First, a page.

Academic journal article Journal of Business and Behavior Sciences

Exploring the Antecedents for Value Cocreation during Healthcare Service Provision

Academic journal article Journal of Business and Behavior Sciences

Exploring the Antecedents for Value Cocreation during Healthcare Service Provision

Article excerpt

ABSTRACT: One of the challenges of providing healthcare services is to create and properly deliver value for consumers (i.e., patients). Patients (vs. physicians) have long obtained a passive role when receiving healthcare services (vs. providing services). However, the emerging Service-Dominant (S-D) Logic suggests that value is always co-created between the service provider and the service recipient. In line with this thinking, we argue that the value of healthcare services can be maximized when the physician and patient co-create that value together. While prior research on healthcare provider-patient relationships has examined related concepts to co-creation, research on co-creation in the healthcare context remains limited. Consequently, this research reviews concepts related to co-creation and determines whether they are in line with the tenets of the co-creation concept as proposed by the S-D Logic. Moreover, this research derives a conceptual model of the determinants of value co-creation in the context of healthcare provider-patient relationships. Finally, this research derives value functions that can be used to model co-creation in the healthcare service provision context.

INTRODUCTION

The emerging Service-Dominant (S-D) Logic in marketing argues that value is always co-created between the service provider and the service recipient (Vargo and Lusch 2004; Vargo, Maglio, and Akaka 2008). It suggests that consumers are endogenous to the value creation process, rather than targets of producer-created value, because they engage their unique knowledge and skills in social, dynamic, and interactive network relationships with firms and other stakeholders (Merz, He, and Vargo 2009). Thus, the S-D Logic embraces a process-oriented view to co-creation. Furthermore, the S-D Logic suggests that value is always uniquely and phenomenologically determined by the beneficiary (Vargo, Morgan, Akaka, and He 2009). As a result, the S-D Logic suggests that service providers need to aim at co-creating dynamic, social, and interactive service ecosystems together with their customers such that customers have the highest value-in-use and value-in-context perceptions (Merz et al. 2009).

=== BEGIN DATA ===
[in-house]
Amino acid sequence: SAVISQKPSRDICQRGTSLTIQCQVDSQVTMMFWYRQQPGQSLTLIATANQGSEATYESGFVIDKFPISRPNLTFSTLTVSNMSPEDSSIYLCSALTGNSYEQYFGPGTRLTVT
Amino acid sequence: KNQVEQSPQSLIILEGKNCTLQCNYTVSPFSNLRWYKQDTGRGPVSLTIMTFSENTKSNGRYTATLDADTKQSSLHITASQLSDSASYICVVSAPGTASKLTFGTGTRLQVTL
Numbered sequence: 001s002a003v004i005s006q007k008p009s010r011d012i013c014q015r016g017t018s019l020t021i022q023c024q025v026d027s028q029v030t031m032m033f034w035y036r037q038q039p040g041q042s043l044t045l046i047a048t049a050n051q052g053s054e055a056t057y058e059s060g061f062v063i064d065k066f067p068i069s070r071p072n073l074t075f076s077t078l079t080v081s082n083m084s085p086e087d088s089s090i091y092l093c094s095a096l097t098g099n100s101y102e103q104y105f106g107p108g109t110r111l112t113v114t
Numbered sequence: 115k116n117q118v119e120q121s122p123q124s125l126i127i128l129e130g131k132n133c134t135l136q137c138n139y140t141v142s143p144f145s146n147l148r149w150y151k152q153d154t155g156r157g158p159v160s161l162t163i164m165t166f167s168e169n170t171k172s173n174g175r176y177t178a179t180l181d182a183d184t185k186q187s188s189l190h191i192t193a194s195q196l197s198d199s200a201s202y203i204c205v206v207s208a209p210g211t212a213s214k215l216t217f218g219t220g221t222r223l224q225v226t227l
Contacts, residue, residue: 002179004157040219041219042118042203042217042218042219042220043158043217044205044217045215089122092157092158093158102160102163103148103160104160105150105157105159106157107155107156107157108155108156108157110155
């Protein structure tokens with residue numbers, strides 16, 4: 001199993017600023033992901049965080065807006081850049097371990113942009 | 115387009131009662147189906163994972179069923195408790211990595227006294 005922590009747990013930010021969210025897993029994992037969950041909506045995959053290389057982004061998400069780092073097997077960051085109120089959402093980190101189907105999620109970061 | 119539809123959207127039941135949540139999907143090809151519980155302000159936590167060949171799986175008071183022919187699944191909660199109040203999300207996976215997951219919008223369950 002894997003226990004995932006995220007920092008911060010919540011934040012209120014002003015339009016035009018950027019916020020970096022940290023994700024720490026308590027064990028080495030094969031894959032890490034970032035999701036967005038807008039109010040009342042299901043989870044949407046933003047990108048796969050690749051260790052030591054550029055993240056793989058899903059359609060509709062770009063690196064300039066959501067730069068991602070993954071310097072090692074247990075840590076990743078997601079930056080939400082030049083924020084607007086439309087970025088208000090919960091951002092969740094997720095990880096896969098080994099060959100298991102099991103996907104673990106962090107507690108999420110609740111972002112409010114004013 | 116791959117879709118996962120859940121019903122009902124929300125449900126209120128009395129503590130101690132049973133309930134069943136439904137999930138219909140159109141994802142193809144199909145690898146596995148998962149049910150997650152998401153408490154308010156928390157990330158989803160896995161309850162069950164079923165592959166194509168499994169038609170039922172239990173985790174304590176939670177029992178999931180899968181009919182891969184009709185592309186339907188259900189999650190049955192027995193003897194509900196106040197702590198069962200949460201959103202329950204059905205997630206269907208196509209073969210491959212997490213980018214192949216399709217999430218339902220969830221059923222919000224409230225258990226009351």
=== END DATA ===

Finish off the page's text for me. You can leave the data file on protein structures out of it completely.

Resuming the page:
More recently, healthcare marketers have discussed the importance of applying the logic of co-creation to the healthcare context (Nambisan and Nambisan 2009). They argue that a more customer-centered approach to health services is needed due to an increasing focus on preventative health and patient self-care (McColl-Kennedy, Vargo, Dagger, Sweeney, and van Kasteren 2012; Roter, Hall, and Katz 1988). In addition, they argue that a more customercentered approach has many benefits for both the physician and the patient thereby further substantiating the importance of examining co-creation in the healthcare context in general and the healthcare provider-patient relationship context in particular (see also Jayawardhena and Foley 2000).

Given this, it is not surprising that healthcare marketers have examined several concepts related to co-creation in the healthcare provider-patient relationship context, such as shared decision-making (e.g., Alden, Merz, and Akashi 2012), patient empowerment (e.g., Ouschan, Sweeney, and Johnson 2000), patient centeredness (e.g., Kinnersley, Stott, Peters, and Harvey 1999), patient involvement (e.g., Elwyn, Edwards, Kinnersely, and Grol 2000), patient participation (e.g., Guadoagnoli and Ward 1998), and patient autonomy (Hayashi, Hasui, Kitamura et al. 2000). This research has resulted in valuable insights. Most importantly, it has provided implicit evidence of the importance of the co-creation concept in the context of healthcare provider-patient relationships. However, it is unclear how these concepts are related to the cocreation concept. Furthermore, it is unclear what the determinants of the cocreation construct in the context of healthcare provider-patient relationships are. Finally, it is unclear how to model co-creation in the healthcare context. …

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